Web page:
Luckily, when practiced as a non-religion, the Buddhist story changes significantly. At its root, Buddhism clearly acknowledges that its stories of nirvana, immortality and omniscience, immaculate conception (yes, Buddhism has that), icy and fiery hells, hungry ghosts and jealous demigods, are all presented as an illusory, fictitious supports designed to serve those of us who need such stories. Some of us have inherited a worldview from our families and cultural conditioning that produces a strong affinity for supernatural stories and grand promises of an easy afterlife. Many of us need a beautiful religion that makes miraculous promises because sometimes pure, straightforward rationality isn’t comfortable.

In order to reach as many people as possible, Buddhism takes the form of an attractive religion, hauntingly similar to all the others. Nonetheless, every expression of Buddhism contains an essentially non-religious core. Those of us who are interested in doing the work can become students and practitioners of the religious expressions of Buddhism, and through that process extract the simple essence of raw truth contained within. But since not everyone wants to engage in such a complicated and time consuming process, Buddhism also offers itself to us in its most pure and unadulterated form.

This form makes no promises whatsoever. There is no promise of enlightenment or omniscience – only a recognition of our capacity for ordinary awareness of the natural way things are. This form asks for no belief, no particular conduct, and tells no supernatural stories. This form gives us very little guidance, and puts all of the responsibility on us to do the work. There are no gods, no devils, no sins and no rules. There is only mind and awareness of mind that briefly experiences consciousness in a world of sense perceptions and conceptual interpretations that consistently and ceaselessly alternate between the favorable and unfavorable. There is only this, and there is nothing we can do to change it.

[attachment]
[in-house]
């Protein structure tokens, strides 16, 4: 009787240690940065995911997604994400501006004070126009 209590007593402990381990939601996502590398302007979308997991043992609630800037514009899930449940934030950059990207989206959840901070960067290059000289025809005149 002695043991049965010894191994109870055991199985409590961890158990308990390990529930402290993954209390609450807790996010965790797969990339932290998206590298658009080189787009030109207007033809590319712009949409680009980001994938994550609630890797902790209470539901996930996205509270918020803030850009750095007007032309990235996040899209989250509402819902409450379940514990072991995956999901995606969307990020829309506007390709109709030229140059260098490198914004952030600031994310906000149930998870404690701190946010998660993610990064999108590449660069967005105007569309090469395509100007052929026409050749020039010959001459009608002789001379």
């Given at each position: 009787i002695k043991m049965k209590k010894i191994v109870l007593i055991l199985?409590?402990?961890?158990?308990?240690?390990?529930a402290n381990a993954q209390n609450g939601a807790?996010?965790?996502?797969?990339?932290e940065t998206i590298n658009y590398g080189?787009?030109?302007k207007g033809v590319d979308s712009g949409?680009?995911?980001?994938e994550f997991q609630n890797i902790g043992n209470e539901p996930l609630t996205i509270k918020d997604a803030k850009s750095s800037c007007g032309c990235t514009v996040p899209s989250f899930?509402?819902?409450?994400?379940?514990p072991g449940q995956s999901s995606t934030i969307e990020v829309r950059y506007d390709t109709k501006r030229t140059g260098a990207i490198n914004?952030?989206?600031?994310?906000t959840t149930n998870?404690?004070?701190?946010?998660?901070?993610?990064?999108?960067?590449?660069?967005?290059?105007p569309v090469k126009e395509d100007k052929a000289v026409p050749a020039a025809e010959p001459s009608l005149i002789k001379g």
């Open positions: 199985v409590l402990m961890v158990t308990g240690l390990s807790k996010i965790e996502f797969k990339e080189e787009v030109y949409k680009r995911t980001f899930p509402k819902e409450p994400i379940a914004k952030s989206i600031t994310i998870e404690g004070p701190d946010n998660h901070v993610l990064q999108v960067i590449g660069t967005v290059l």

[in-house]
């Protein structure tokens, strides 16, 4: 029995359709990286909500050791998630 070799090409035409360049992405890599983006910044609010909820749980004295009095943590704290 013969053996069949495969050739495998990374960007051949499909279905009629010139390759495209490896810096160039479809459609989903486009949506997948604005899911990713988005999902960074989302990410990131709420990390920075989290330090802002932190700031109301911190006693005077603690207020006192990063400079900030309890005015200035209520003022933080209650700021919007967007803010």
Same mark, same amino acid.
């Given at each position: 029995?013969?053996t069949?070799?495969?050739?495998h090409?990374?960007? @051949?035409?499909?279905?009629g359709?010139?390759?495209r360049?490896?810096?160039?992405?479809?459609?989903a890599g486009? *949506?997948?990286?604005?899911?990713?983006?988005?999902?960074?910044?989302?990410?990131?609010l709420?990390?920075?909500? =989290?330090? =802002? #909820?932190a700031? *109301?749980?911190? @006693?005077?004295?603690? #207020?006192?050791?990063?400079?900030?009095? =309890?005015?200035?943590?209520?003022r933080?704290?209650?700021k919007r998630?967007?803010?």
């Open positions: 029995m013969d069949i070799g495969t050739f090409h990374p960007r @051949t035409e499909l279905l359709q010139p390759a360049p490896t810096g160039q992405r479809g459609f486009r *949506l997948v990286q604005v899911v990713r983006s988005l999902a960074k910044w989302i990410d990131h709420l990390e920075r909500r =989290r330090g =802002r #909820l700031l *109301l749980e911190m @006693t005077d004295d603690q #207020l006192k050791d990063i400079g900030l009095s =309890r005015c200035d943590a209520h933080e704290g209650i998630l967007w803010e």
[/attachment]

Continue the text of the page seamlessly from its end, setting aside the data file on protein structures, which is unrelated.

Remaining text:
Sure, it is naturally in everyone’s best interest to do and say things that are kind and helpful to others, and it’s good to interact with the world in ways that promote health and life. All of the world’s religions include proscribed behavioral codes that promote basic social wellbeing, and those of us who live according to those codes are more likely to build healthy communities. However, as we can see by the state of the world today and throughout history, the presence of religious codes of behavior has not fostered the development of a healthy, peaceful world. Instead, there is civility and savagery in equal measure. No matter what we do, all that is subject to arising is subject to ceasing, be it peace or war, health or disease.

Spiritual practitioners the world over have purportedly achieved enlightenment, oneness with God, and ultimate salvation, yet all of them have lived in tumultuous communities, all of them have suffered the aches and pains of life, and all of them have died the same as every other person who has ever lived. It seems, from all of the information that we can gather through our senses, and from all of the interpretation we can do with our strong minds, the experience of life is a continuous stream of favorable and unfavorable circumstances, and while we can have some influence over things in our limited sphere, overall, the way of the world remains reliably unreliable. What goes up must come down. What is born must die. Nothing lasts forever. All that is subject to arising is subject to ceasing. Or, in the words of William Blake:

“He who binds to himself a joy
Does the winged life destroy;
But he who kisses the joy as it flies
Lives in eternity’s sun rise.”


A Thought Experiment

A Thought Experiment

When discovered by means of our own investigation, the truths that we find engender in us a quality of unquestionable certainty. That kind of certainty is more stable and more trustworthy than hope, or belief, or blind faith. When we are certain about something because we have directly experienced it, we don’t have to believe anything anyone else tells us. We naturally trust our own direct experience and understanding.